Should I Stay or Should I Go ?

As we are nearing the end of the year and that typically we should see liquidity drying up as well as  rumors about a nasty retracement in equities abounding I thought I would have a quick look at some of my pointers. Clearly it has been a nice run so far and central banks have been very helpful in supporting the current bull market. The latest data from the ICI   demonstrates that there is no stopping American investors buying international equities and selling bonds. And my thought is that the situation is similar in many of the major economies which are on their way to recovery. I guess the risk of a major retracement in the bond markets in the next couple of years is still a significant risk  whilst upside likelihood remains limited so there is a strong rationale for a private investors to go bull on equities as the economy is picking up.  The chart below shows the significance of the inflow and outflow in US Mutual funds by asset classes and over various time horizons. The greener the more inflows the redder the more outflows….Clearly we have been in equity buying mode for a while now.

US MUTUAL FUNDS flowsDespite the significance of the flows observed the dent made to the level of investments  accumulated in bonds over the years  remains modest so far. This is good news for the current rally as therefore there  is still much adjustment to take place all being equal. Clearly  what we will experience ahead will be dependent on future economic growth. Bearing in mind the track record of accuracy of forecasts made by economists and alike my view of a significant economic growth in  the next few years based on the lagged response to the significant stimulus provided by major economies is as good as any. Over a shorter horizon  I think it is fair to say that so far governments and financial authorities have done a relatively good job and that the green shoots of recovery are well established. My view is that  central banks will be weary of adjusting their monetary policy  too fast as they will want to maximise the likelihood of  strong economic recovery and job creation. Inflation will definitively become acceptable if accompanied by strong growth. A scenario of higher nominal rates but not necessarily higher real rates should further promote  flows toward equities. Lets face it what we are seeing is structural and we probably have another few years of equity beta coming our way.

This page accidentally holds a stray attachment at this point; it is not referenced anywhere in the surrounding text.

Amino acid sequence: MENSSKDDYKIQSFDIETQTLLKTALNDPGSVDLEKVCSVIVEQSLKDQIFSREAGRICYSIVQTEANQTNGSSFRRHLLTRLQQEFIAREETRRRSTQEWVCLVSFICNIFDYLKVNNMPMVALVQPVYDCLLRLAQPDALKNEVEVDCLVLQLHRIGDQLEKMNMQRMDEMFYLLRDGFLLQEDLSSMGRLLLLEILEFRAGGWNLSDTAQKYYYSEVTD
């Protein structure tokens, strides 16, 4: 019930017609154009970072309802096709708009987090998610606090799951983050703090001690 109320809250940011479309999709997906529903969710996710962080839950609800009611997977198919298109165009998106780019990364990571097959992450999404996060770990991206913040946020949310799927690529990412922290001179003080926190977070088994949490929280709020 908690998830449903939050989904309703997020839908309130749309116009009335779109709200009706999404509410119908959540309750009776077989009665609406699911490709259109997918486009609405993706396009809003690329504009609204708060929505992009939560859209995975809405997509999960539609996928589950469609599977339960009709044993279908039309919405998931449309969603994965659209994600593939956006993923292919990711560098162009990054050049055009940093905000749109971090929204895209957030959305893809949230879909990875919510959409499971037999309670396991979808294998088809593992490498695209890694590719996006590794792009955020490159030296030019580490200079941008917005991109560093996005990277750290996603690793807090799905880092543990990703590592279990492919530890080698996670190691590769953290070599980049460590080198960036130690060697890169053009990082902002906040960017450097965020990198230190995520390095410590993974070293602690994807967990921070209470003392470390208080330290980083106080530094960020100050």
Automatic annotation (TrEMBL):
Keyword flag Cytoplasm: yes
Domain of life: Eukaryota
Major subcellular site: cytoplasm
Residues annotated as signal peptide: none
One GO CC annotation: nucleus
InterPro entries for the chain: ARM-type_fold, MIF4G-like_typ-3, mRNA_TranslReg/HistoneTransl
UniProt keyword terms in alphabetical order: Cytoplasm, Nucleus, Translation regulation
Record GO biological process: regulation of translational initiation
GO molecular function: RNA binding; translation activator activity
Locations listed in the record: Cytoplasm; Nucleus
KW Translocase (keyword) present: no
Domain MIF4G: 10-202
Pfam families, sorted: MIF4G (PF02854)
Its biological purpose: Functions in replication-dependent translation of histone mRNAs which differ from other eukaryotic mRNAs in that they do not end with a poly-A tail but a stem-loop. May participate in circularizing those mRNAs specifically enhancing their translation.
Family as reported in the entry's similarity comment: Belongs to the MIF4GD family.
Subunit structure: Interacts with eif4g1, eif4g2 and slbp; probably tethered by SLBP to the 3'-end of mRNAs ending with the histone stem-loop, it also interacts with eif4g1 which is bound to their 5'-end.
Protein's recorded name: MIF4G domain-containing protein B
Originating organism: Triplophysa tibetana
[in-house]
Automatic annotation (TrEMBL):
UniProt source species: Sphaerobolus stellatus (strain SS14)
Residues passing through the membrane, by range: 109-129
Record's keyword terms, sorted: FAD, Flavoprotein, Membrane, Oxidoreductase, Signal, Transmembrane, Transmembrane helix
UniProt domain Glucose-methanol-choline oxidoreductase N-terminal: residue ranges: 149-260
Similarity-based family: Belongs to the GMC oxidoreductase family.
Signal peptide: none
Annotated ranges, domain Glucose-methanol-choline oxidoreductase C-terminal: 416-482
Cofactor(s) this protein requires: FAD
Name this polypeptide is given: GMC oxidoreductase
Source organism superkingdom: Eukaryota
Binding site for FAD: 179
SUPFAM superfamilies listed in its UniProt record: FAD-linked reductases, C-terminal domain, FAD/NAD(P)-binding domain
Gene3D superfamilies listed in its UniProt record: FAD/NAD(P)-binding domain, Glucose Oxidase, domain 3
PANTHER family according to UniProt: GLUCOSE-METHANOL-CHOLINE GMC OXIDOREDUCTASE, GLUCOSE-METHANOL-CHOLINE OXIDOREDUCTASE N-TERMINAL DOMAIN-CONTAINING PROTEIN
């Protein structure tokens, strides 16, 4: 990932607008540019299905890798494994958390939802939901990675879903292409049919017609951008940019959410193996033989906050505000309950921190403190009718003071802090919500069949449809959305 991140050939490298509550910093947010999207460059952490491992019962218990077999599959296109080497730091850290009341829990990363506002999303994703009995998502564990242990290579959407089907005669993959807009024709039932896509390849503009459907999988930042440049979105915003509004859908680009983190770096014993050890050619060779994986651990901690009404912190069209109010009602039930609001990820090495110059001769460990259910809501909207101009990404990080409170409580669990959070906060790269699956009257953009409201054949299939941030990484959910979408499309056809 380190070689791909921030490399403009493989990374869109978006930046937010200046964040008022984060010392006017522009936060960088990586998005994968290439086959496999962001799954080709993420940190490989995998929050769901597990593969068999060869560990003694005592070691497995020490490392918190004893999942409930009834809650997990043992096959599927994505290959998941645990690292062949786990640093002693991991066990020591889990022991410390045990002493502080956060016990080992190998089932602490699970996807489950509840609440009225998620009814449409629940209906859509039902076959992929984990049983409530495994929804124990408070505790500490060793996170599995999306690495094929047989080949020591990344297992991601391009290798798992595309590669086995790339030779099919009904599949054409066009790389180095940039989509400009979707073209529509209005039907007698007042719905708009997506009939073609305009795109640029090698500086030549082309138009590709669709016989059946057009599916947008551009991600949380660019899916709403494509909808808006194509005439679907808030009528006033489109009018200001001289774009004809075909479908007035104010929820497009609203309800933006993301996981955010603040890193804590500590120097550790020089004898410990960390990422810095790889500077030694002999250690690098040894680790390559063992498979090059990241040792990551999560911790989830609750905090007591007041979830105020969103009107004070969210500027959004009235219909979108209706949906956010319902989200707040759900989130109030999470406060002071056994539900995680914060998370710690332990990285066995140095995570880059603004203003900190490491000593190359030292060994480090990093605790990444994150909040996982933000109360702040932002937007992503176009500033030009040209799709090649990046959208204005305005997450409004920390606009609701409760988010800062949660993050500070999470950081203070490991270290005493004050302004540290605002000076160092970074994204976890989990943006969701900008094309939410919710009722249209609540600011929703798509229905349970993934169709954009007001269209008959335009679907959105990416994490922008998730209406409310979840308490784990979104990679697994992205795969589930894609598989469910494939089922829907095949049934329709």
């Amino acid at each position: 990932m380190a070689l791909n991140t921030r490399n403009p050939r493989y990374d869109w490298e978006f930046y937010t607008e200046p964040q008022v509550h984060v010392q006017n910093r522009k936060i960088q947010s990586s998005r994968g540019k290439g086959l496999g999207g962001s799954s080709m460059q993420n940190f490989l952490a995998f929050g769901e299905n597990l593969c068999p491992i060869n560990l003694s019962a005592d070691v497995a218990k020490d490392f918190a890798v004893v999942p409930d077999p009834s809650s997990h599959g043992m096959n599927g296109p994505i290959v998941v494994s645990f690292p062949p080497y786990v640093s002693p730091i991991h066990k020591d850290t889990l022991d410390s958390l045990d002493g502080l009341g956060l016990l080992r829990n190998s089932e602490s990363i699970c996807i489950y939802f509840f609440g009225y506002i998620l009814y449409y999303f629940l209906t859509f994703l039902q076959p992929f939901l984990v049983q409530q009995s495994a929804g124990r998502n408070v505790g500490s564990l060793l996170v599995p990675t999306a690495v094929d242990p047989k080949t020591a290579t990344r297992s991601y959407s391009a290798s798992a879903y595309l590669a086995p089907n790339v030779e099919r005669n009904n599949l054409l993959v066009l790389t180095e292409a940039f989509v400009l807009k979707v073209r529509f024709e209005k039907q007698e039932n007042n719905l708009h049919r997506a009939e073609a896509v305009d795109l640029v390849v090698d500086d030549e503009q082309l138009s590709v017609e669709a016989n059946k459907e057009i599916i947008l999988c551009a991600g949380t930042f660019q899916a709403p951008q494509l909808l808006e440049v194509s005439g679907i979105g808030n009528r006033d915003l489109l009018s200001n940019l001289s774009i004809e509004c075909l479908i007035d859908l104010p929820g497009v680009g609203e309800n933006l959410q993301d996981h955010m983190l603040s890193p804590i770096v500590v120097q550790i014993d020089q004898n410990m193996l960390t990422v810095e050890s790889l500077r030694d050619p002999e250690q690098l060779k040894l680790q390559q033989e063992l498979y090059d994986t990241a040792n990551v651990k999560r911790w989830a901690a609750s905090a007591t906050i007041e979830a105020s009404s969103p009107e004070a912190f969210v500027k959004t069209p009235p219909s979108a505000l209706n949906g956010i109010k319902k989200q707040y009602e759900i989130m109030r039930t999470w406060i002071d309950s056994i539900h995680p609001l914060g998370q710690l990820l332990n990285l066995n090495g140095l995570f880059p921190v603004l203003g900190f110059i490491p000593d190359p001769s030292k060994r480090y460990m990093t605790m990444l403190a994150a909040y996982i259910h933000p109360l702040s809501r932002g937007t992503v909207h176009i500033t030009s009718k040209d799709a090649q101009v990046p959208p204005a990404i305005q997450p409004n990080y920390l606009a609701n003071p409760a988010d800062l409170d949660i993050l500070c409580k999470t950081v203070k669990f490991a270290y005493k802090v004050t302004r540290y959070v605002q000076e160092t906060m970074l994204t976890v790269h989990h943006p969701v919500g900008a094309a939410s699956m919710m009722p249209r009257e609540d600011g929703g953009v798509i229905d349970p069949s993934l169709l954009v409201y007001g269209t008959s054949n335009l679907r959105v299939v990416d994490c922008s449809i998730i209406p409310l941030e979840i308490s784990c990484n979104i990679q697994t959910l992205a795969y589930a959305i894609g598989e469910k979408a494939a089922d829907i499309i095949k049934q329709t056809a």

cumulative flows us mutual funds

I acknowledge that we  have had a significant upside in equity valuations this year if one takes exception of emerging markets.  Most markets have had  double digit returns  that can t remain unnoticed to the average investor . So despite my bullish view emulated in the above this  raises some issues about the market being possibly overbought.


The chart below investigates the periods were the S&P500 has had a statistically similar run and plots what has happened in the following 250 days ( I use a sample of daily data spanning from 1980 to date).   Clearly what we have seen  is pretty much average in regard of past bull markets  and from there the possibilities are broad we could retrace by close to 30% or rally by another 50%, if history is a guide at all.


Meanwhile the VIX  which should embed market expectations  about possible risks remains well below its long term median. My other metrics of market risk Volga and Shockindex are similarly close to their historical low. This may indicate a level of vunerability of the market but also reflects that the flows going into equities are somehow dampening the market volatility.

risk metrics Finally my two-state Markov regime switching model still indicates  that we are within a risk on environement (i.e long equity risk) and there are no sign of  a change there.


So  I guess I ll stick to my bullish view and will keep my broker unhappy by holding my positions…. no commissions for him in December….